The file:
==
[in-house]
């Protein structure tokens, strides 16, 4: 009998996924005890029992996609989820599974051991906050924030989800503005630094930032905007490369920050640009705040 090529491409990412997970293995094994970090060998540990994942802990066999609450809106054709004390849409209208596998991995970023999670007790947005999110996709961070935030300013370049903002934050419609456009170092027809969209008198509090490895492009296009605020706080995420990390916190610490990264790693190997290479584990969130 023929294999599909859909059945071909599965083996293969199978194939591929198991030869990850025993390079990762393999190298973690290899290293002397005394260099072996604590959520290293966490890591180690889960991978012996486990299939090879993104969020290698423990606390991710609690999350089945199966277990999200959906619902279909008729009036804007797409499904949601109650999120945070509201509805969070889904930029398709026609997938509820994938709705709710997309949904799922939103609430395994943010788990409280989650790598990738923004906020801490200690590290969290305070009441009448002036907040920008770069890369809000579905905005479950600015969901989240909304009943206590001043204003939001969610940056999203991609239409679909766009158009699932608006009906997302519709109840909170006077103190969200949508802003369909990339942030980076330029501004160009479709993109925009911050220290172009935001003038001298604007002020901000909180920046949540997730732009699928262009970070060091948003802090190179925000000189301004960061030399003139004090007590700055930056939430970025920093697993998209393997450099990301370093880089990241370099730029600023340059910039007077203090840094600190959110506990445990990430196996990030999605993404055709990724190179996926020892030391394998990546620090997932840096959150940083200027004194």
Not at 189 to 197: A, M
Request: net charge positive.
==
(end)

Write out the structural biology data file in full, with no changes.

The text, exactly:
[in-house]
């Protein structure tokens, strides 16, 4: 009998996924005890029992996609989820599974051991906050924030989800503005630094930032905007490369920050640009705040 090529491409990412997970293995094994970090060998540990994942802990066999609450809106054709004390849409209208596998991995970023999670007790947005999110996709961070935030300013370049903002934050419609456009170092027809969209008198509090490895492009296009605020706080995420990390916190610490990264790693190997290479584990969130 023929294999599909859909059945071909599965083996293969199978194939591929198991030869990850025993390079990762393999190298973690290899290293002397005394260099072996604590959520290293966490890591180690889960991978012996486990299939090879993104969020290698423990606390991710609690999350089945199966277990999200959906619902279909008729009036804007797409499904949601109650999120945070509201509805969070889904930029398709026609997938509820994938709705709710997309949904799922939103609430395994943010788990409280989650790598990738923004906020801490200690590290969290305070009441009448002036907040920008770069890369809000579905905005479950600015969901989240909304009943206590001043204003939001969610940056999203991609239409679909766009158009699932608006009906997302519709109840909170006077103190969200949508802003369909990339942030980076330029501004160009479709993109925009911050220290172009935001003038001298604007002020901000909180920046949540997730732009699928262009970070060091948003802090190179925000000189301004960061030399003139004090007590700055930056939430970025920093697993998209393997450099990301370093880089990241370099730029600023340059910039007077203090840094600190959110506990445990990430196996990030999605993404055709990724190179996926020892030391394998990546620090997932840096959150940083200027004194």
Not at 189 to 197: A, M
Request: net charge positive.